9 times out of 10 this couldn't be further from the truth. Sure you can cut with most bits at 20k, but the reality is you are going to rub the cutter to death. Feeding fast enough becomes a problem at these spindle speeds. Best advice I can give on spindle speed is set the spindle speed to give you the cut-load you can attain given the federate you can move at. With look-ahead and whatnot, its hard to maintain a fast enough feed unless everything you do is a straight line. With a 3/8 router bit you can expect to be at about .010" per tooth per rev. At 20k with a 2 flute tool. That 400 IPM, sure many machines can move that fast, but many will have trouble with that speed maintaining accuracy doing a complex profile.

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    Oneida Air Systems is the place to get dust collection. plug plug

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    Quote Originally Posted by munruh View Post
    I have a job coming up that includes machining some mahogany blocks....Has anyone machined wood? What kind of tooling should I be looking at? It will be squaring ups some 2" x 4" blocks and milling some steps and angle in them. Thanks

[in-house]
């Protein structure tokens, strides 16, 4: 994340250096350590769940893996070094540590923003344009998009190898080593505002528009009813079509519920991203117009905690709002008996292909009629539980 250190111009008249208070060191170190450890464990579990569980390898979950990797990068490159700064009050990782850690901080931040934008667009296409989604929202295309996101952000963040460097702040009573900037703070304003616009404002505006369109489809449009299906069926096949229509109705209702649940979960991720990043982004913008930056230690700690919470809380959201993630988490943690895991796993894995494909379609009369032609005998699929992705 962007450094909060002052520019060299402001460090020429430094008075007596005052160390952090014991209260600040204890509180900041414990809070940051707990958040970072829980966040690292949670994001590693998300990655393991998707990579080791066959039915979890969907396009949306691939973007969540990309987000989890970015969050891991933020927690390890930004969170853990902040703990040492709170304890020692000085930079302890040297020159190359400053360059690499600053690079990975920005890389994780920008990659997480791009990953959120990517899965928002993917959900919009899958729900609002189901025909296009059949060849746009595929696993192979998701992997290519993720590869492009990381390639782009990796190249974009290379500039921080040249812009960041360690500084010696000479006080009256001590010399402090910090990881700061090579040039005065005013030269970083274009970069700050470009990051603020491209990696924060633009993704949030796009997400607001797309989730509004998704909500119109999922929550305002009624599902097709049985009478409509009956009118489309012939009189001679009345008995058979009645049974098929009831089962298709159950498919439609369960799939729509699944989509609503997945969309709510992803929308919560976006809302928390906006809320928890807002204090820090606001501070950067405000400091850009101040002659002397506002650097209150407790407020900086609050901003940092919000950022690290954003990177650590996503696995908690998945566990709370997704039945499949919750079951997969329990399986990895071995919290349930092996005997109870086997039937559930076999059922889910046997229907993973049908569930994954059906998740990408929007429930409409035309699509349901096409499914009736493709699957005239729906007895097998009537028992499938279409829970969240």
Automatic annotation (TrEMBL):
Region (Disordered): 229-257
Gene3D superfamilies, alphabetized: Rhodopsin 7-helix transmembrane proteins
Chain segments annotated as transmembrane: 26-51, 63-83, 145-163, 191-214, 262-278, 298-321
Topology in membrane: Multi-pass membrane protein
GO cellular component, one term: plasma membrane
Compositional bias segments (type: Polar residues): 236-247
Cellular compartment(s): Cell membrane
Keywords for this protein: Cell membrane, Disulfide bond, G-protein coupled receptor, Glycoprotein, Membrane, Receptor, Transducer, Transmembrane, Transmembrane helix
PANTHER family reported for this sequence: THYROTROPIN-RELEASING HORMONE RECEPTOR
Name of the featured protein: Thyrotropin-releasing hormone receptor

Common problem with machining wood on metal cutting machinery is oil and if the end product will have some type of finish then that could be a problem. As for the surface speed for high speed steel cutters I have seen several sites that provide that INFO. I made some socket, ratchet and break over trays out of oak and I was surprised by the amount of heat that it generated. Just wing it and you'll know just as much as the rest of us.

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    Quote Originally Posted by Limy Sami View Post
    AND ABOVE ALL, get yourself some sort of face mask (AKA ;- hooter filter ) even the 3M paper cup types are quite good, BUT some exotics are ''quite nasty'' in which case use a decent respirator or air flow mask etc etc
    A chemist I worked with - a sensible, well-educated and very intelligent man - told me that, weight for weight, mahogany dust is more toxic than cyanide. I never had cause to question this as I don't work with mahogany. Has anybody any idea whether it is actually true?

    George

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    I cut wood all day long with a Cnc router. I mostly use solid carbide end mills made for steel. Only use brand new mills, if it has been used on steel even for secconds it is not sharp enough and will burn and tear out. I have used wood spcific solid carbide end mills and apart from roughers I have not noticed much if any difference. I am not running production but making tooling so maybe I would notice a difference if I were running production. Aluminum specific end mills are really sharp but are high helix which can tend to cause tear out.

    Wood specific end mills tend to be considerably more expensive than metal end mills. If you are only using standard length end mills in smaller sizes it is not a big deal. But larger extra long end mills can add up to a lot of money. As well a lot of the longer sizes are not available in wood specific end mills. I am in the run it at the highest RPM you can camp.